A new USC study finds that a class of environmental pollutants known as “forever chemicals” may increase the risk of type 2 diabetes in Latino girls. The pollutants, called per- and polyfluoroalkyl substances (PFAS), are a group of man-made chemicals used across the United States in a wide range of industrial and consumer products, including cookware, stain repellant, and pizza boxes.
“Because PFAS are in such widespread use and they don’t break down, they have made their way into the drinking water of roughly 200 million Americans,” said researcher Leda Chatzi, a professor of population and public health sciences at the Keck School of Medicine of USC and director of the new USC Center for Translational Research on Environmental Health. “This is the first study to measure their potential impact on glucose metabolism over time among adolescents and young adults.”
The study appears in Environmental Health Perspectives.
Researchers looked at more than 310 Latino children between the ages of eight and 13 from SOLAR (Study of Latino Adolescents at Risk of Type 2 Diabetes). Each participant was tested for levels of certain PFAS at the start of the study and then followed for up to 12 years, with annual check-ups on how their bodies metabolized glucose.
Data from the study showed that starting in late puberty, girls who had high levels in childhood of a PFAS called perfluorohexane sulfonate (PFHxS) tended to have poorer metabolism of glucose than girls who had low levels of PFHxS as children. The association between high levels of PFHxS and dysregulated glucose metabolism increased after puberty and persisted through 18 years of age. The researchers replicated their findings in a separate group of young adults from the Southern California Children’s Health Study, showing that this link may persist into adulthood.
The study found no consistent association between high levels of PFAS and dysregulated glucose metabolism in boys.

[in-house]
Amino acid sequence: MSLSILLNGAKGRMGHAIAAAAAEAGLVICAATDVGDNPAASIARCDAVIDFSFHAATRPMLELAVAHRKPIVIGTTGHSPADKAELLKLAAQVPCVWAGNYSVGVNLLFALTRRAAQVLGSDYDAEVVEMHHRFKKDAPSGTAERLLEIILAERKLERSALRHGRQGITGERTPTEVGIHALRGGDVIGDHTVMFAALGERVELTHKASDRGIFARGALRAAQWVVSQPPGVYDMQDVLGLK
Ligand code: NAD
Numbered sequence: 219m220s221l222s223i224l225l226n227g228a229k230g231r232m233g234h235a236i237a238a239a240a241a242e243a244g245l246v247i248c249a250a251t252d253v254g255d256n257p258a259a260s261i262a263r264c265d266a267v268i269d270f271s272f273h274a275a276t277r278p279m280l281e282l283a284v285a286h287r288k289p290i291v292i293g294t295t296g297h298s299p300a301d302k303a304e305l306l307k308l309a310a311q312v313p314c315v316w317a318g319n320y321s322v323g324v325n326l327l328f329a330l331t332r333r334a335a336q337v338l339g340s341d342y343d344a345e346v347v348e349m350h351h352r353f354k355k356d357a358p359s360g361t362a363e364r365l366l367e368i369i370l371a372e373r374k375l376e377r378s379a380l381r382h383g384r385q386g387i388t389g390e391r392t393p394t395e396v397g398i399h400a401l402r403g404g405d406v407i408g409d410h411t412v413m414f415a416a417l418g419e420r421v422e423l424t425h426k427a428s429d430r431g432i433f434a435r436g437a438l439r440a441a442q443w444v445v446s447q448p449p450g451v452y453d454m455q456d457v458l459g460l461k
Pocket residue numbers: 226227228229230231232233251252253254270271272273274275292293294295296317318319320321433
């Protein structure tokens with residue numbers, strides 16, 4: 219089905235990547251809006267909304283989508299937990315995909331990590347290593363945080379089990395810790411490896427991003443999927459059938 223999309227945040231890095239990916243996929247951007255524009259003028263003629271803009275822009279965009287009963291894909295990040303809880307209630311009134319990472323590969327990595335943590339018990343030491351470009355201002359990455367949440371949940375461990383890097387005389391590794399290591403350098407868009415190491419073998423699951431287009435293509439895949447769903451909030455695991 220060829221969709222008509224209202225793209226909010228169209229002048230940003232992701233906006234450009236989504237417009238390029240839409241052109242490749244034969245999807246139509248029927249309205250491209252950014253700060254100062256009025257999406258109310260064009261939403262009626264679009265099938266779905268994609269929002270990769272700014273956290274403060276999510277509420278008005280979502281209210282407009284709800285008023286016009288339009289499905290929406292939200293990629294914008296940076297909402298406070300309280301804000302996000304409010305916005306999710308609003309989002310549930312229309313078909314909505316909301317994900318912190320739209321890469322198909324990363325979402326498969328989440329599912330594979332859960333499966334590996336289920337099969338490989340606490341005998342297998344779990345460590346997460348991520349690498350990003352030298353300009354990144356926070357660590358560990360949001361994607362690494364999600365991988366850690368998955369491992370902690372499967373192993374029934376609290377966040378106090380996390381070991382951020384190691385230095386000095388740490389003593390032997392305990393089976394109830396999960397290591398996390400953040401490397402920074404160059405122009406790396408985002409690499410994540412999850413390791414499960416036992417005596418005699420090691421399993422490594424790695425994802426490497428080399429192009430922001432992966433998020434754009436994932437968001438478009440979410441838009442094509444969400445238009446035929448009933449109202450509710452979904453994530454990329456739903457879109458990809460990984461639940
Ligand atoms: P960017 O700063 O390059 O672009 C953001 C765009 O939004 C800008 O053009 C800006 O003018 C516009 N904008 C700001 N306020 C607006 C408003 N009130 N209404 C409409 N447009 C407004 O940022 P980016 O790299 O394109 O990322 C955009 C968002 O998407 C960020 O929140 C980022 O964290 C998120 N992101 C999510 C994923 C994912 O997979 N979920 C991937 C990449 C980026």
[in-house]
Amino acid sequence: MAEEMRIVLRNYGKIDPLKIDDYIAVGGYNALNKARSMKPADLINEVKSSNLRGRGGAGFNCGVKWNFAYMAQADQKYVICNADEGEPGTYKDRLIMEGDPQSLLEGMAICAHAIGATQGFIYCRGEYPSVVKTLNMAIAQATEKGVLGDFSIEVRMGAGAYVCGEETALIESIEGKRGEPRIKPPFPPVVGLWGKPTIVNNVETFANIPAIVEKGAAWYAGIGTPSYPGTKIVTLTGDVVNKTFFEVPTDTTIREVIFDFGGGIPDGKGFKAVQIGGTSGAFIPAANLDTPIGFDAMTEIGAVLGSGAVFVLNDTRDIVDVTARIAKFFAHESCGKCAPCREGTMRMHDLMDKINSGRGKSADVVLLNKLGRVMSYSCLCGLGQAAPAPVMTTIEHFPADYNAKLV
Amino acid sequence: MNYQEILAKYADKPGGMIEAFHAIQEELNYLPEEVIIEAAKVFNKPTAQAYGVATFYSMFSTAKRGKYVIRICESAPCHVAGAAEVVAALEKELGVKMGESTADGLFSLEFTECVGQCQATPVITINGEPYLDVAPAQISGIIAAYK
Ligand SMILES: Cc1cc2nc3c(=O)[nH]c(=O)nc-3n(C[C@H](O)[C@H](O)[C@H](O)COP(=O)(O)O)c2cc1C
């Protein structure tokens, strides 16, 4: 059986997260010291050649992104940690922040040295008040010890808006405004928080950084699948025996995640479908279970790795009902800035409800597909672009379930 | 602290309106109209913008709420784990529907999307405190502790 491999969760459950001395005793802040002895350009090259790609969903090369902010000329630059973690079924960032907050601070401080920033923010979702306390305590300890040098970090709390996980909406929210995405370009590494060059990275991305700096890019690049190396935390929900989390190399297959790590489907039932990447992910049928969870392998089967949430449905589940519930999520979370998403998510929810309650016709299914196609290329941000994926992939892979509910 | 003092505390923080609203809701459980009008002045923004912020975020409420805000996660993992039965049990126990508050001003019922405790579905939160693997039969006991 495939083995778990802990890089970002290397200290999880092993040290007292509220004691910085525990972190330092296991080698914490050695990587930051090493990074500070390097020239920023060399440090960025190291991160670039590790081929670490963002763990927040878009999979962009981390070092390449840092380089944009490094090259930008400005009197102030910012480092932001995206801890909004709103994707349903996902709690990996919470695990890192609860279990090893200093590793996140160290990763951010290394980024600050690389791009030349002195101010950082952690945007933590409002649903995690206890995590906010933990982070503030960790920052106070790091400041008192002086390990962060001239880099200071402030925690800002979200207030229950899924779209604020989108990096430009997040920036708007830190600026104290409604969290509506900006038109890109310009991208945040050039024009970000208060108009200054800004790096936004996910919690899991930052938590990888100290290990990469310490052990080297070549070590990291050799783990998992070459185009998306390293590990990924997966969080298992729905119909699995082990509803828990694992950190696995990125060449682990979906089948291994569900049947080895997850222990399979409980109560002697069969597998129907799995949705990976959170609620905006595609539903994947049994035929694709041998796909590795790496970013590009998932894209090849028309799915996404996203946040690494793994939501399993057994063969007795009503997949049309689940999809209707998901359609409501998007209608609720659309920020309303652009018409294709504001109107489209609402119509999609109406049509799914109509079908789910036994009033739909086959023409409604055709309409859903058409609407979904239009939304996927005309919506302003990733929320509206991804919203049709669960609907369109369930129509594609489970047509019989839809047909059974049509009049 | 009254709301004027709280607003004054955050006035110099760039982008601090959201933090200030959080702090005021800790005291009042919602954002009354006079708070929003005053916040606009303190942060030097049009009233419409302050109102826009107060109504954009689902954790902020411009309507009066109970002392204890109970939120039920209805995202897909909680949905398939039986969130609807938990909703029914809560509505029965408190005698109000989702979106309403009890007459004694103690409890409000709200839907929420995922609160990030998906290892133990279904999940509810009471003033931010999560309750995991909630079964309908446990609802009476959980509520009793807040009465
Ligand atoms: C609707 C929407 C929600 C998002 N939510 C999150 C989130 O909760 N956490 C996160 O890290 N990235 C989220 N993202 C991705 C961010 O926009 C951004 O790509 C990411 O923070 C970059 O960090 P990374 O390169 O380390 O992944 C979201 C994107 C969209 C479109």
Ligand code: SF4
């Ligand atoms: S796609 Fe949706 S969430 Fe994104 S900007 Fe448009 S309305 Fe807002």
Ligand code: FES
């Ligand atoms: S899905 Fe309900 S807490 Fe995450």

“We saw the biggest changes in glucose metabolism in puberty, and there are lots of differences in puberty between boys and girls,” said Jesse Goodrich, a postdoctoral scholar at the Keck School of Medicine of USC and first author of the study. “One hypothesis is that PFAS may interact with sex hormones. We plan to follow up on this study by examining the biological mechanism behind the association of PFAS with type 2 diabetes.”
Rates of diabetes in Latino children in the U.S. are five times higher than that of non-Hispanic whites; in Latino adults, the rate is 80% higher than that in non-Hispanic whites. Yet diet and lifestyle alone don’t account for the difference.
“Type 2 diabetes is potentially preventable, and one key area of focus should be environmental influences,” said Chatzi. “PFAS exposures are modifiable through individual behaviors, like avoiding non-stick cookware and plastic containers for food storage. But we are not just exposed in one place or one source - PFAS are everywhere. Government can play a major role in regulating the use of PFAS.”
Although certain PFAS chemicals are no longer manufactured in the United States, they are still produced internationally and can be imported into the U.S. in consumer goods such as carpet, leather, and apparel, textiles, paper and packaging, coatings, rubber, and plastics, according to the Environmental Protection Agency. A few weeks ago, the House passed the PFAS Action Act, which would require the Environmental Protection Agency to establish national drinking water standards for these so-called “forever chemicals.”